Tightbooth – LENZ III – Issue 29 Article


Since the full LENZ III video got uploaded to the web we thought it only made sense to upload our Issue 29 LENZ III article online with an interview with Tightbooth’s very own Shinpei Ueno by Hidden Champion. Appreciate Shinpei’ words and some belter photos shot by Iseki Nobou, Masa Yoshimoto, Changsu and Bryce Golder then go rewatch this iconic video.

Photo by: Iseki Nobou

Introduction by: Jono Coote

Interview by: Hidden Champion

Translation by: Laurence Keefe

Photography by: Iseki NobouMasa YoshimotoChangsu + Bryce Golder

Videography by: Shinpei Ueno

Rinku Konishi – Ollie Up, Backside Noseblunt ~ Photo By: Masa Yoshimoto

The positive development of skateboarding as a culture is predicated not on the whims of corporations eager to co-opt another demographic, nor on the patronage of global sporting events, but on the creative drive of those whose brains are constantly, obsessively turning over the possibilities inherent in four wheels, a plank of wood and a penchant for DIY activity. Shinpei Ueno is undoubtedly one of skateboarding’s most visible proponents of this. Over the past nine years, between masterminding the slow worldwide takeover of Tightbooth, helping to run the Tokyo branch of Salman Agah’s Pizzanista! Restaurant with Katsumi Minami, and putting out a steady supply of banging footage himself, Shinpei has been slowly and steadily collecting the body of footage which would become the third volume in his LENZ series. The first two videos cemented his place as one of skateboarding’s major filmmaking talents and, it is safe to say, as a result this one has been highly anticipated.

With premieres confirmed for Tokyo, Osaka, New York and London, Hidden Champion caught up with Shinpei to discuss nine years of filming some of Japan’s best skateboarders, his favourite filming moments, music curation, the pitfalls of life as a VX enthusiast and more. Read on, and don’t sleep on one of the year’s most hyped skate video productions.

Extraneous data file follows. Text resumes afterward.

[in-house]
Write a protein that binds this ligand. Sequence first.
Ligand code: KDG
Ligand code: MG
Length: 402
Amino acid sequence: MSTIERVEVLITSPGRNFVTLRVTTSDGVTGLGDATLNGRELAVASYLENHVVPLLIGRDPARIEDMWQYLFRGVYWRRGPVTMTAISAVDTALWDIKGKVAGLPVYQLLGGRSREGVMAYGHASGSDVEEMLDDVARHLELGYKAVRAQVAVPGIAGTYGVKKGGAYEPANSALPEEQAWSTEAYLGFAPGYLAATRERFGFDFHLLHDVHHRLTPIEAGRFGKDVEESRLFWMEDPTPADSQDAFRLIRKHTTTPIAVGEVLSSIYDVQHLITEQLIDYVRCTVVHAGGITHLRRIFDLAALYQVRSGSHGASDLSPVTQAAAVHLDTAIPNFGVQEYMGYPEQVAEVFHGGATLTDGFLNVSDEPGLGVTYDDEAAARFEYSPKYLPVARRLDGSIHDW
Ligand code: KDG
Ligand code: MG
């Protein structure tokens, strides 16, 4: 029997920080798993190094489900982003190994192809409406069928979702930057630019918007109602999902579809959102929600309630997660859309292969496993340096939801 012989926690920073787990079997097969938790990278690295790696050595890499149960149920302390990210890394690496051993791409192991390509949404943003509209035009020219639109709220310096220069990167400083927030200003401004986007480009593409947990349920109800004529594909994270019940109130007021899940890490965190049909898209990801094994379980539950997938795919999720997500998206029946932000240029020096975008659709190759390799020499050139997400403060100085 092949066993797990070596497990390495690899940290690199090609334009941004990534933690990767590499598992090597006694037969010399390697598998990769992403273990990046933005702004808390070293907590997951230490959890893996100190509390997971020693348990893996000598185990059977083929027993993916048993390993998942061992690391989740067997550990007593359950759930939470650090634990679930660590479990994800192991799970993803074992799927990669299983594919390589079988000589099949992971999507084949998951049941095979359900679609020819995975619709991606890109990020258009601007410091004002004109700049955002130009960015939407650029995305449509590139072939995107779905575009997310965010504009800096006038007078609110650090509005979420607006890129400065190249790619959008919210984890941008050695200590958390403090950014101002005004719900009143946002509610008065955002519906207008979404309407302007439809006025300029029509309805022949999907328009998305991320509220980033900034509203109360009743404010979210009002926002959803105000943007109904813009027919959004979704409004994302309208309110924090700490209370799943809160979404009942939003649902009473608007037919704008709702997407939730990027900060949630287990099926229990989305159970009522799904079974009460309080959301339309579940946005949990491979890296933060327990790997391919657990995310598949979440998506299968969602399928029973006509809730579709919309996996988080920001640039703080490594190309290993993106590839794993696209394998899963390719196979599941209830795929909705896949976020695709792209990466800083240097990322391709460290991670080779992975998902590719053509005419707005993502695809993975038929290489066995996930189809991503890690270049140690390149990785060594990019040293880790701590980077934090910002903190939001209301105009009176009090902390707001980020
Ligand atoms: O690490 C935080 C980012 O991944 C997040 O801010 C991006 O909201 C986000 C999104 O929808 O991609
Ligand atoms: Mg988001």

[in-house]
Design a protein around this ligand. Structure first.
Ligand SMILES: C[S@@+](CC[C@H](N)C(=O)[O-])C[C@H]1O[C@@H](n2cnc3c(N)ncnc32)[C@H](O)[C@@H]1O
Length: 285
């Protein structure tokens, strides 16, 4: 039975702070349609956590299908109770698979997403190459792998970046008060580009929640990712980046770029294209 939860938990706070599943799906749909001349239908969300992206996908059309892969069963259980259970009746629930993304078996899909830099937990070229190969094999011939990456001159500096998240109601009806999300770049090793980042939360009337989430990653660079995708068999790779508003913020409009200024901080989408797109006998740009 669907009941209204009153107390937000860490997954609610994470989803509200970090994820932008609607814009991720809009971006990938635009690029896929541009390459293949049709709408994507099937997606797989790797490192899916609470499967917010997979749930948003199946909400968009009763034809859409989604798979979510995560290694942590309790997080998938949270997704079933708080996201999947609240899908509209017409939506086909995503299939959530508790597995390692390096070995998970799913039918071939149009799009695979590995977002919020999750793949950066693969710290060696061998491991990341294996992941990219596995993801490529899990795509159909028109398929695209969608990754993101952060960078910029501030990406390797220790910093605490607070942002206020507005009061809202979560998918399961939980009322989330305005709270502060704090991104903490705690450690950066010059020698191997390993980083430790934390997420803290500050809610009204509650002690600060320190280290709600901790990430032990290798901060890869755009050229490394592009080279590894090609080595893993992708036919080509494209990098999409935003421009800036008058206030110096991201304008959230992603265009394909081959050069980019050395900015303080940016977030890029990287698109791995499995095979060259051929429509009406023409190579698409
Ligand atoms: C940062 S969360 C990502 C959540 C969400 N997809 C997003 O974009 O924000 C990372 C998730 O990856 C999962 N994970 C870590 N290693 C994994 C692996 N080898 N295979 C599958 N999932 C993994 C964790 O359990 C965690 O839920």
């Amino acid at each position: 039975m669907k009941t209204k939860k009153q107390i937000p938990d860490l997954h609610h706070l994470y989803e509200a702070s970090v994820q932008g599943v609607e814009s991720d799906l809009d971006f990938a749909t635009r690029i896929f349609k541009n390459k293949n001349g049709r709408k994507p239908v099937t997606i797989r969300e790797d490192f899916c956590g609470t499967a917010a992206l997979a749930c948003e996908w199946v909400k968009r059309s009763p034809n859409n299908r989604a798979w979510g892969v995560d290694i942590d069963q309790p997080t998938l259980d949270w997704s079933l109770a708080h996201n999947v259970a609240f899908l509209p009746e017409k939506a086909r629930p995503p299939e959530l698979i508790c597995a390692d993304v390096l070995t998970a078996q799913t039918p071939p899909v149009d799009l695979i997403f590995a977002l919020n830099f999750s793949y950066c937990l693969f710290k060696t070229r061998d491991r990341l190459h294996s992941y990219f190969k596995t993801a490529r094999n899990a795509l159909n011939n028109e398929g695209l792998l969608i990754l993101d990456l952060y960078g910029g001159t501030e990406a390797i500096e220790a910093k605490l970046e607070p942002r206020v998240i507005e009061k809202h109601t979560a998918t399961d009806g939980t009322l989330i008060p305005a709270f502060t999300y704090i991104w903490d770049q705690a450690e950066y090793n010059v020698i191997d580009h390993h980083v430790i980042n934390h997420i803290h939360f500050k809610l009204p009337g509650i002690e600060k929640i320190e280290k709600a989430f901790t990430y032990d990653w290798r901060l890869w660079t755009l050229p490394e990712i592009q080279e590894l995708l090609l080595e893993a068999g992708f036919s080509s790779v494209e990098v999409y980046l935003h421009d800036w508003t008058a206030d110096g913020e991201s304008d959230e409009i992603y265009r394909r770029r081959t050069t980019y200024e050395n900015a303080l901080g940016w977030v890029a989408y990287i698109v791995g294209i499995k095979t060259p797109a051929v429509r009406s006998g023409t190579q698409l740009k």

Kyonosuke Yamashita – Varial Heelflip Photo By: Iseki Nobou

It’s been nine years since you released your last video work, LENZ II. How are you feeling about LENZ III?

At the time of this interview it’s not quite finished, but after nine years working on it alongside other projects I think it’s the best work of my career.

Ayahiro Uratsuka – Frontside Nosebluntslide Photo By: Changsu

Please tell us about the main equipment used for this project?

The LENZ series has a theme of being filmed on SONY’s 1995 DCR-VX1000 as the main camera and the VX2000 as a sub camera, equipped with a Century Optics ultra fisheye lens MK-1.This combination of equipment gives the most realistic and speedy feel of skateboarding in skate video history. We’ve been shooting in the same way since 2005, so this year marks our 17th year. We’ve used over 30 VX1000s in total, and over seven Ultra Fisheyes. Both this video camera and the lens have already been discontinued and cannot be repaired, we’re also experiencing problems with software when capturing DV tapes.

Taihou Tokura – Ollie In Photo By: Iseki Nobou

A decade has passed since the last video in the series. In that time there have been many changes in the skate scene and the members involved in this project. You don’t see many full-length skating videos released these days, but from a filmmaker’s point of view what do you feel has changed the most in how you capture and present skateboarding?

I don’t think there have been any major changes in making skate videos. It’s basically as simple as shooting a good skater at a good spot. However, there was a change in the members involved in the project. I had an assistant named Naoya Morohashi, and it took me several years to thoroughly teach him how to use the equipment, decide on angles to shoot from, lighting, capturing video and rough editing. It has been a struggle, but he has improved his skills and is now imperative to our projects. I think it’s important to nurture young people to be able to continue producing skate videos that contribute to skateboard history in Japan.